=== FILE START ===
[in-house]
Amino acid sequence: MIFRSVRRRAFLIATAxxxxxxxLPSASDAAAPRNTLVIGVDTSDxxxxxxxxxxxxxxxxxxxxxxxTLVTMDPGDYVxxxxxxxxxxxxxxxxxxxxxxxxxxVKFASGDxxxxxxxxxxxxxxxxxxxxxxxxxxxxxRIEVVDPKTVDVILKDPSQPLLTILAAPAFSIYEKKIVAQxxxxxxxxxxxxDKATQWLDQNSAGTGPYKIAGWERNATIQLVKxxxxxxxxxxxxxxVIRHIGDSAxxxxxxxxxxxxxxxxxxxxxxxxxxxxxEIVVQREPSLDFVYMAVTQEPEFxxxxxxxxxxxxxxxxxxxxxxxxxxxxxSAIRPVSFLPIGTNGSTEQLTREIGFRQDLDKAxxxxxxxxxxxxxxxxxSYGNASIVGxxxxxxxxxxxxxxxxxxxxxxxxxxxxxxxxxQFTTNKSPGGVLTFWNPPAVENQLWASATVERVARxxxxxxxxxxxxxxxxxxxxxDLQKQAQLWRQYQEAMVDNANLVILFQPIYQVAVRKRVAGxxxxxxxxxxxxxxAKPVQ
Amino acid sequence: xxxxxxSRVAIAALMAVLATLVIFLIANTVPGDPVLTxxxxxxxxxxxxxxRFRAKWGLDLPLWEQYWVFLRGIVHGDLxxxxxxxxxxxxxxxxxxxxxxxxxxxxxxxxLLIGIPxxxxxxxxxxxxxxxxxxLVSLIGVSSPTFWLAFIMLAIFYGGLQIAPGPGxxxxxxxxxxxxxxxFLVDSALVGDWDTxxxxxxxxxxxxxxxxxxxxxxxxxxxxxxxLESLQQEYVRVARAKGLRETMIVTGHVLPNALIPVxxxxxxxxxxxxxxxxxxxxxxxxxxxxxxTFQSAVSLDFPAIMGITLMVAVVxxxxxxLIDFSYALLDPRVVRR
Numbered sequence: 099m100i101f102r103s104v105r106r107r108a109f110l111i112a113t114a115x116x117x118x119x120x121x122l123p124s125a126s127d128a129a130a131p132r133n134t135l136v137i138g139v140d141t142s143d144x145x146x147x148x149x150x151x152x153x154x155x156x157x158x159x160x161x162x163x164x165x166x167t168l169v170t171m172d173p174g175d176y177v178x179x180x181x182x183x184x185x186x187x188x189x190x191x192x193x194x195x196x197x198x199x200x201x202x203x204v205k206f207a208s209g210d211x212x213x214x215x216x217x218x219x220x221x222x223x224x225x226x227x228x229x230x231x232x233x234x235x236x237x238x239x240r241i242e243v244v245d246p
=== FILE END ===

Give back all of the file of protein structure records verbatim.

[in-house]
Amino acid sequence: MIFRSVRRRAFLIATAxxxxxxxLPSASDAAAPRNTLVIGVDTSDxxxxxxxxxxxxxxxxxxxxxxxTLVTMDPGDYVxxxxxxxxxxxxxxxxxxxxxxxxxxVKFASGDxxxxxxxxxxxxxxxxxxxxxxxxxxxxxRIEVVDPKTVDVILKDPSQPLLTILAAPAFSIYEKKIVAQxxxxxxxxxxxxDKATQWLDQNSAGTGPYKIAGWERNATIQLVKxxxxxxxxxxxxxxVIRHIGDSAxxxxxxxxxxxxxxxxxxxxxxxxxxxxxEIVVQREPSLDFVYMAVTQEPEFxxxxxxxxxxxxxxxxxxxxxxxxxxxxxSAIRPVSFLPIGTNGSTEQLTREIGFRQDLDKAxxxxxxxxxxxxxxxxxSYGNASIVGxxxxxxxxxxxxxxxxxxxxxxxxxxxxxxxxxQFTTNKSPGGVLTFWNPPAVENQLWASATVERVARxxxxxxxxxxxxxxxxxxxxxDLQKQAQLWRQYQEAMVDNANLVILFQPIYQVAVRKRVAGxxxxxxxxxxxxxxAKPVQ
Amino acid sequence: xxxxxxSRVAIAALMAVLATLVIFLIANTVPGDPVLTxxxxxxxxxxxxxxRFRAKWGLDLPLWEQYWVFLRGIVHGDLxxxxxxxxxxxxxxxxxxxxxxxxxxxxxxxxLLIGIPxxxxxxxxxxxxxxxxxxLVSLIGVSSPTFWLAFIMLAIFYGGLQIAPGPGxxxxxxxxxxxxxxxFLVDSALVGDWDTxxxxxxxxxxxxxxxxxxxxxxxxxxxxxxxLESLQQEYVRVARAKGLRETMIVTGHVLPNALIPVxxxxxxxxxxxxxxxxxxxxxxxxxxxxxxTFQSAVSLDFPAIMGITLMVAVVxxxxxxLIDFSYALLDPRVVRR
Numbered sequence: 099m100i101f102r103s104v105r106r107r108a109f110l111i112a113t114a115x116x117x118x119x120x121x122l123p124s125a126s127d128a129a130a131p132r133n134t135l136v137i138g139v140d141t142s143d144x145x146x147x148x149x150x151x152x153x154x155x156x157x158x159x160x161x162x163x164x165x166x167t168l169v170t171m172d173p174g175d176y177v178x179x180x181x182x183x184x185x186x187x188x189x190x191x192x193x194x195x196x197x198x199x200x201x202x203x204v205k206f207a208s209g210d211x212x213x214x215x216x217x218x219x220x221x222x223x224x225x226x227x228x229x230x231x232x233x234x235x236x237x238x239x240r241i242e243v244v245d246p